Researchers at Columbia University have made a significant step toward breaking the so-called “color barrier” of light microscopy for biological systems, allowing for much more comprehensive, system-wide labeling and imaging of a greater number of biomolecules in living cells and tissues than is currently attainable. The advancement has the potential for many future applications, including helping to guide the development of therapies to treat and cure disease.

Illustration by Nicoletta Barolini

“In the era of systems biology, how to simultaneously image a large number of molecular species inside cells with high sensitivity and specificity remains a grand challenge of optical microscopy,” said Associate Professor of Chemistry Wei Min. “What makes our work new and unique is that there are two synergistic pieces - instrumentation and molecules - working together to combat this long-standing obstacle.”

All existing methods of observing a variety of structures in living cells and tissues have their own strengths, but all are also hindered by fundamental limitations, not the least of which is the existence of a “color barrier.” Fluorescence microscopy, for example, is extremely sensitive and, as such, is the most prevalent technique used in biology labs. The microscope allows scientists to monitor cellular processes in living systems by using proteins that are broadly referred to as “fluorescent proteins” with usually up to five colors. Each of the fluorescent proteins has a target structure to which it applies a “tag,” or color. The five fluorescent proteins, or colors, typically used to tag these structures are BFP (Blue Fluorescent Protein), ECFP (Cyan Fluorescent Protein), GFP (Green Fluorescent Protein), mVenus (Yellow Fluorescent Protein), and DsRed (Red Fluorescent Protein). However, this process imposes the limitation of only being able to view five structures at a time on a single tissue sample.

In addition to fluorescence microscopy, there are a variety of Raman microscopy techniques for observing living cell and tissue structures that work by making visible the vibrations stemming from characteristic chemical bonds in structures. Traditional Raman microscopy produces the highly-defined colors lacking in fluorescence microscopy, but is missing the sensitivity. It therefore requires a strong, concentrated vibrational signal that can only be achieved through the presence of millions of structures with the same chemical bond. If the signal from the chemical bonds is not strong enough, visualizing the associated structure is nearly impossible.

To address this challenge, Min and his team, including Professors Virginia Cornish, chemistry and Rafael Yuste, neuroscience, pursued a novel hybrid of existing microscopy techniques. They developed a new platform called electronic pre-resonance stimulated Raman scattering (epr-SRS) microscopy, which combines the best of both worlds, bringing together high levels of sensitivity and selectivity. The technique identifies, with extreme specificity, structures with significantly lower concentrations - instead of millions of the same structure needed to identify the presence of that structure in traditional Raman microscopy, the new instrument requires only 30 for identification. The technique also utilizes a novel set of tagging molecules designed by the team to work synergistically with the new technology. The amplified “color palette” of molecules broadens tagging capabilities, allowing for the imaging of up to 24 structures at a time instead of being limited by only five fluorescent colors. The researchers believe there's potential for even further expansion in the future.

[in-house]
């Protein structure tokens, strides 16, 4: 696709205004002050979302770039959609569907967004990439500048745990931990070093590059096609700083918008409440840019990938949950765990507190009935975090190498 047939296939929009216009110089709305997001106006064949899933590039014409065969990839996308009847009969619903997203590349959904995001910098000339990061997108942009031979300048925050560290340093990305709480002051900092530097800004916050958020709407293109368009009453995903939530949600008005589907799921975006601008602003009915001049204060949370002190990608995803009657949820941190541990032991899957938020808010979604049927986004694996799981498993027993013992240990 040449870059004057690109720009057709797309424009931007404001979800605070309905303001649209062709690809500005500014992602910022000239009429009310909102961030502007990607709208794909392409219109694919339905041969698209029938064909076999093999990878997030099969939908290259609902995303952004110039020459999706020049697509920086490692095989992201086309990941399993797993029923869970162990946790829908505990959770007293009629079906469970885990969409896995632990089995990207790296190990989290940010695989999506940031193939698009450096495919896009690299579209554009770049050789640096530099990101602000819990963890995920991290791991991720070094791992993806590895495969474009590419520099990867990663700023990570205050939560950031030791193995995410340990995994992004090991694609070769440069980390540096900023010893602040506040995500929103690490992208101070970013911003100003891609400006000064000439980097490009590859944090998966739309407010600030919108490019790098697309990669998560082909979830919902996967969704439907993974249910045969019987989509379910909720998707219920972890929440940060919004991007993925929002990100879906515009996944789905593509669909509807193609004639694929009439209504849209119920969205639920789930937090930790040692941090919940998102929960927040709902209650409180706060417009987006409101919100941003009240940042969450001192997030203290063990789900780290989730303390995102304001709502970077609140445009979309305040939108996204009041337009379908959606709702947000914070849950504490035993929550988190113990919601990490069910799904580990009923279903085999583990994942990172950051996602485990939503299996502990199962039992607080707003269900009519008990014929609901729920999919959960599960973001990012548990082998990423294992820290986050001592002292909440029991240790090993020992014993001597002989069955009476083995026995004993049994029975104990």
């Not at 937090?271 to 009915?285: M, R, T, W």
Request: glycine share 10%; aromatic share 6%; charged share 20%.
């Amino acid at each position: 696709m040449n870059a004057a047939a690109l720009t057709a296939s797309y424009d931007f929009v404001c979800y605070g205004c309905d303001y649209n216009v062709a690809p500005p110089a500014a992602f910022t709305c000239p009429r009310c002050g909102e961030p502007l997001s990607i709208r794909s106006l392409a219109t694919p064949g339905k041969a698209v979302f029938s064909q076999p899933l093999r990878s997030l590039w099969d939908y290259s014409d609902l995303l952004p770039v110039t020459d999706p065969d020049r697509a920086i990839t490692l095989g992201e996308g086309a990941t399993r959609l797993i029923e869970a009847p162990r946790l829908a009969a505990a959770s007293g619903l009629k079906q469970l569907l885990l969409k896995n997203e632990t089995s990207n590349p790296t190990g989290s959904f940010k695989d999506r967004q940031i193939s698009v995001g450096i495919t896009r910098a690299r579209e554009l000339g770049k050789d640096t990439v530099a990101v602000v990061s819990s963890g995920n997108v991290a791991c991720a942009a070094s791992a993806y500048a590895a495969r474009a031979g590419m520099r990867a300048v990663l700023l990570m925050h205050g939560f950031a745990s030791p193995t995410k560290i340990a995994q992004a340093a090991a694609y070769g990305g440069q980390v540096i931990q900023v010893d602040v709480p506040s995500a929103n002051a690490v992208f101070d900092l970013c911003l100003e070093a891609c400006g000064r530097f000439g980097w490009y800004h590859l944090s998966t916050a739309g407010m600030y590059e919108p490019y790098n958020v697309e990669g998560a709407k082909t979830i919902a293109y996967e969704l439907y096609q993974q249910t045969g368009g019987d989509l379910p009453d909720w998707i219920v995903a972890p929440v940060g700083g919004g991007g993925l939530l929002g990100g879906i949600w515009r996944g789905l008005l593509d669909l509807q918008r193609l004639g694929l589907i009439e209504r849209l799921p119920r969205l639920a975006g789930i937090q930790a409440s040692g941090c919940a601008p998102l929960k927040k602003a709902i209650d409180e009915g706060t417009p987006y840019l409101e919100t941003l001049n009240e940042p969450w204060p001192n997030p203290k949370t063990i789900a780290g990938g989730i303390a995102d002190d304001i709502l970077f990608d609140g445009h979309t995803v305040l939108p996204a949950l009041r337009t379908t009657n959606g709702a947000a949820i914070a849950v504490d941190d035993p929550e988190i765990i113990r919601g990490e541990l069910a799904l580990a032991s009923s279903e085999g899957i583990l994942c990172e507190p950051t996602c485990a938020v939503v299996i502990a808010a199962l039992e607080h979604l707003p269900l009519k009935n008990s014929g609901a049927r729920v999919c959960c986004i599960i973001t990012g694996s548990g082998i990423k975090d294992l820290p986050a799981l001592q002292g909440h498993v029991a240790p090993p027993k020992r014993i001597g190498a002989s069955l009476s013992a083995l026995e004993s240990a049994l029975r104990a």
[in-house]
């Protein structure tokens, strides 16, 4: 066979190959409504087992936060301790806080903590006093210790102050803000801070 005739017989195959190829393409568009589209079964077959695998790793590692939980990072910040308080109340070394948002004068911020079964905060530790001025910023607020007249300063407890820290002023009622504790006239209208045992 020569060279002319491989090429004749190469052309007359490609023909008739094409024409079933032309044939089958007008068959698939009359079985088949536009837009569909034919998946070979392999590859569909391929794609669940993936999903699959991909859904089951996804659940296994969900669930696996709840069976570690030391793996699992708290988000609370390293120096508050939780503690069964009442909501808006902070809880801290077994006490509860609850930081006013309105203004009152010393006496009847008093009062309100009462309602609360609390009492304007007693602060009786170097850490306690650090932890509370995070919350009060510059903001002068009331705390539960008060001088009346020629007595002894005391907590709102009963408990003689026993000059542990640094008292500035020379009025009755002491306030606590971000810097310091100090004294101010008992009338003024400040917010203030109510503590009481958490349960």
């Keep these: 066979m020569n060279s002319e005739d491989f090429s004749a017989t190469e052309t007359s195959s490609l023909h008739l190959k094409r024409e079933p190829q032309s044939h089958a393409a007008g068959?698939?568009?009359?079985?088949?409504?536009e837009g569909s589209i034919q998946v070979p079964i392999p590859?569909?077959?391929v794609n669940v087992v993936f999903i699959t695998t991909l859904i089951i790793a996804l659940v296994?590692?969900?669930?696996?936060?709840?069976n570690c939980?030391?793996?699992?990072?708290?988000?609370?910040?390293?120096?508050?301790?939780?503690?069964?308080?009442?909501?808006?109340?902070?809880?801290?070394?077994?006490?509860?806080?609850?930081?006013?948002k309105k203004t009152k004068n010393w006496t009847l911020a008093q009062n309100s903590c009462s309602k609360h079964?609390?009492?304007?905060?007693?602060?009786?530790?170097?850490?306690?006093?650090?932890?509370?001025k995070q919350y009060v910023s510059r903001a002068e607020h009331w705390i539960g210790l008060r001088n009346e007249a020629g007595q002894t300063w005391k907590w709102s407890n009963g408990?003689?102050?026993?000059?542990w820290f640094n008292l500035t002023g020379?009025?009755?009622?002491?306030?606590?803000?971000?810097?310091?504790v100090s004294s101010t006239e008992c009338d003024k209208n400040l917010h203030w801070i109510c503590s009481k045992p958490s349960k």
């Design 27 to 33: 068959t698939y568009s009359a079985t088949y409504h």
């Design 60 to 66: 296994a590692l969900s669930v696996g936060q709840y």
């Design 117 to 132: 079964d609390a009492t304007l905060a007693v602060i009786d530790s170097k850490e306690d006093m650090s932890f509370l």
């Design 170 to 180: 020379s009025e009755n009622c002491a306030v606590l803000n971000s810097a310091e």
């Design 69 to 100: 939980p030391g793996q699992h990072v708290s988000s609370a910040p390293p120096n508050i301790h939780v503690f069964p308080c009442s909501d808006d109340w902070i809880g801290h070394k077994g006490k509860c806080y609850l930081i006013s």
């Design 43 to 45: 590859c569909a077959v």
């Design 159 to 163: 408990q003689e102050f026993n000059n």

The team has successfully tested the epr-SRS platform in brain tissue. “We were able to see the different cells working together,” Wei said. “That's the power of a larger color palette. We can now light up all these different structures in brain tissue simultaneously. In the future we hope to watch them function in real time.” Brain tissue is not the only thing the researchers envision this technique being used for, she added. “Different cell types have different functions, and scientists usually study only one cell type at a time. With more colors, we can now start to study multiple cells simultaneously to observe how they interact and function both on their own and together in healthy conditions versus in disease states.”

The new platform has many potential applications, Min said, adding that it is possible the technique could one day be used in the treatment of tumors that are hard to kill with available drugs. “If we can see how structures are interacting in cancer cells, we can identify ways to target specific structures more precisely,” he said. “This platform could be game-changing in the pursuit of understanding anything that has a lot of components.”

For more information, contact Jessica Guenzel at 212-854-0588, or at email This email address is being protected from spambots. You need JavaScript enabled to view it..

Photonics & Imaging Technology Magazine

This article first appeared in the September, 2017 issue of Photonics & Imaging Technology Magazine.

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